• The bilingual outreach worker-interviewer was trained by conducting five interviews per language under the supervision of a Puerto Rican research staff  and other outreach workers from the Hispanic Health Council.

Statistical Analysis

  • Self-reported behaviors were compared with observed behaviors by conducting cross-tabulations and chi-square tests
  • Self-reported behavior results were divided into four categories:
    • True positives (TP): Desirable self-reported food safety behaviors confirmed through direct observation
    • True negatives (TN): Undesirable behaviors observed and then acknowledged through self-report
    • False positives (FP): Self-reported desirable food safety behaviors not confirmed through observation
    • False negatives (FN): Undesirable self-reported food safety behaviors uncorroborated through direct observation
  • Accuracy of self-reported food safety behaviors was estimated with the formula, (TP + TN)/total sample
  • Correlation between frequency of use of food safety practices and sociodemographic variables also was estimated. Food safety behaviors were classified as practiced (frequently or always) or not practiced (never, hardly, or sometimes)
  • The sample size (N=60) was estimated to be large enough to allow identification of significant correlations between expected microbial loads at different stages of meal preparation, with an 80% statistical power and a tolerable alpha error of 0.05. (The microbial testing results are reported elsewhere.)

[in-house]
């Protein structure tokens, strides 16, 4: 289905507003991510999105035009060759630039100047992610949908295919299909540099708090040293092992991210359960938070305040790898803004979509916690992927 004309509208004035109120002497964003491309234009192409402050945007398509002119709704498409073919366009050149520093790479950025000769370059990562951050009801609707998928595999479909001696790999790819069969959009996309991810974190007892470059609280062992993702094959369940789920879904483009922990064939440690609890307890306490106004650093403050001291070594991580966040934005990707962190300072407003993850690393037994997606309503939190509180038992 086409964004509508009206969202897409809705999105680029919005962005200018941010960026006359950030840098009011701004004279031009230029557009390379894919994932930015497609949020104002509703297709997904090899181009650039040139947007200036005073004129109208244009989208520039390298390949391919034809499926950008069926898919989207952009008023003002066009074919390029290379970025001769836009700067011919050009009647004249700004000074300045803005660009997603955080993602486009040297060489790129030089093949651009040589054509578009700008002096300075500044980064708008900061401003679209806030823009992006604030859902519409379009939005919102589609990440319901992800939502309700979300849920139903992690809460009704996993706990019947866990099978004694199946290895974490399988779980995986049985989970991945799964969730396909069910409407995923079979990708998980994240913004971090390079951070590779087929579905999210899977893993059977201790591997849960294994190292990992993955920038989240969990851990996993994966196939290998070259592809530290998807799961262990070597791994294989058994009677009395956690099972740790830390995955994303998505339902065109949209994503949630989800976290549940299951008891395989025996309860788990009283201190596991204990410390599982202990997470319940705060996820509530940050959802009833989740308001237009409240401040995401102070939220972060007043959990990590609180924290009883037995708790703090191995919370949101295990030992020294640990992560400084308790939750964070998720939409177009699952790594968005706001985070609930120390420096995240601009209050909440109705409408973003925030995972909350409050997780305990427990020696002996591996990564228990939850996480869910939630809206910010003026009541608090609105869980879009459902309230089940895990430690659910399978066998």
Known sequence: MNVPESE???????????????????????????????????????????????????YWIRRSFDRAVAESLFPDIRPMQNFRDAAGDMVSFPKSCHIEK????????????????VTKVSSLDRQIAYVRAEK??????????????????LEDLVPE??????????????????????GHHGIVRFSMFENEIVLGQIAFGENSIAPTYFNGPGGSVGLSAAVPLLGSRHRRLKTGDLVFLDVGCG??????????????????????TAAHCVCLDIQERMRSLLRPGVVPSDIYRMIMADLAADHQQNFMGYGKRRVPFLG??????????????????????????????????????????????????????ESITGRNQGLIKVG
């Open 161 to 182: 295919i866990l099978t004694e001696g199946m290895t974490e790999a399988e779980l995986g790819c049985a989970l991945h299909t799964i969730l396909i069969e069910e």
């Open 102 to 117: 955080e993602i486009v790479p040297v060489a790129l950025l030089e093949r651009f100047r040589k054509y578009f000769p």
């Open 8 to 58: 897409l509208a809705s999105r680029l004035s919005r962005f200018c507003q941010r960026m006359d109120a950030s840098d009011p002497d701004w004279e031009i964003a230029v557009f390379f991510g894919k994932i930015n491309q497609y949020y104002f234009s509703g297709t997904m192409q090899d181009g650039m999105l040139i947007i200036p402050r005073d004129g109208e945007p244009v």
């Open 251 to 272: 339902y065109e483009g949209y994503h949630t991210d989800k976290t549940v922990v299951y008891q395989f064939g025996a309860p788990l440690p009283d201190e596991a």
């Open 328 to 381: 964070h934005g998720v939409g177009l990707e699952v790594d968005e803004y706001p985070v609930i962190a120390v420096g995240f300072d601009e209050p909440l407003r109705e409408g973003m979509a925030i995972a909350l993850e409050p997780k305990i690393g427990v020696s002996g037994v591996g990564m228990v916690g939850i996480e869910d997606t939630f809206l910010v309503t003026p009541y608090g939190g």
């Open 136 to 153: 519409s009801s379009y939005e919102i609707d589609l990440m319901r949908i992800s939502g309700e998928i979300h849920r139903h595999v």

Data Collection Summary:

Timing of Measurements

  • Household direct observations were conducted on second visit using a pre-coded checklist
  • Self-reported interview survey was administered on third visit in participants' choice of language by a bilingual Puerto Rican outreach worker.

Dependent Variables

  • Thawing method
  • Use and sanitation of cutting boards and knives
  • Hand-washing habits
  • Washing of lettuce and tomatoes
  • Method of checking chicken doneness.

Methods of Measurement 

Pre-coded checklist was used for observations and closed-end questionnaire was developed to measure self-reported behaviors. 

Independent Variables

  • Education
  • Age
  • Language
  • Monthly income
  • Received food safety education
  • Importance of food safety.
Description of Actual Data Sample:
  • Initial N: 60 Puerto Rican women
  • Attrition (final N): 60 Puerto Rican women
  • Mean age: 40 years
    • 56.7% 40 years or younger
    • 43.3% older than 40 years
  • Ethnicity: Puerto Rican
  • Other relevant demographics:
    • 60% (N=36) spoke only Spanish at home